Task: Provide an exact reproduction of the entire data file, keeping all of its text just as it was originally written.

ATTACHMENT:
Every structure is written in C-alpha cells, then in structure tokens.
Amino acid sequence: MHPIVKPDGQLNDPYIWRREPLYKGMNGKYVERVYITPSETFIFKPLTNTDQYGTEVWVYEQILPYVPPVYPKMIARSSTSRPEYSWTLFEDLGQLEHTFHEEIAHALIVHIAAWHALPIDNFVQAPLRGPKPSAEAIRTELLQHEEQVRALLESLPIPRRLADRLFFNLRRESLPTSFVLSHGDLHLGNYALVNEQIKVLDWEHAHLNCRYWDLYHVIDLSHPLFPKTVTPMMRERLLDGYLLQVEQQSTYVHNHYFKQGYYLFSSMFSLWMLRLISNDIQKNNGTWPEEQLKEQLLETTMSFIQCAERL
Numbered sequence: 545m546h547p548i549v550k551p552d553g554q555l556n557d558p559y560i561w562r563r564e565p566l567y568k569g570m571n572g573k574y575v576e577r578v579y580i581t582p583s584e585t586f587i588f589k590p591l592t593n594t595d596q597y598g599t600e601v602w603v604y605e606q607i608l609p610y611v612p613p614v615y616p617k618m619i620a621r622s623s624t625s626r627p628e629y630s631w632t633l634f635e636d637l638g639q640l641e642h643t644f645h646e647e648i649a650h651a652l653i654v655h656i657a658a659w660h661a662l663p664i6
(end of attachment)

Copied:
Every structure is written in C-alpha cells, then in structure tokens.
Amino acid sequence: MHPIVKPDGQLNDPYIWRREPLYKGMNGKYVERVYITPSETFIFKPLTNTDQYGTEVWVYEQILPYVPPVYPKMIARSSTSRPEYSWTLFEDLGQLEHTFHEEIAHALIVHIAAWHALPIDNFVQAPLRGPKPSAEAIRTELLQHEEQVRALLESLPIPRRLADRLFFNLRRESLPTSFVLSHGDLHLGNYALVNEQIKVLDWEHAHLNCRYWDLYHVIDLSHPLFPKTVTPMMRERLLDGYLLQVEQQSTYVHNHYFKQGYYLFSSMFSLWMLRLISNDIQKNNGTWPEEQLKEQLLETTMSFIQCAERL
Numbered sequence: 545m546h547p548i549v550k551p552d553g554q555l556n557d558p559y560i561w562r563r564e565p566l567y568k569g570m571n572g573k574y575v576e577r578v579y580i581t582p583s584e585t586f587i588f589k590p591l592t593n594t595d596q597y598g599t600e601v602w603v604y605e606q607i608l609p610y611v612p613p614v615y616p617k618m619i620a621r622s623s624t625s626r627p628e629y630s631w632t633l634f635e636d637l638g639q640l641e642h643t644f645h646e647e648i649a650h651a652l653i654v655h656i657a658a659w660h661a662l663p664i6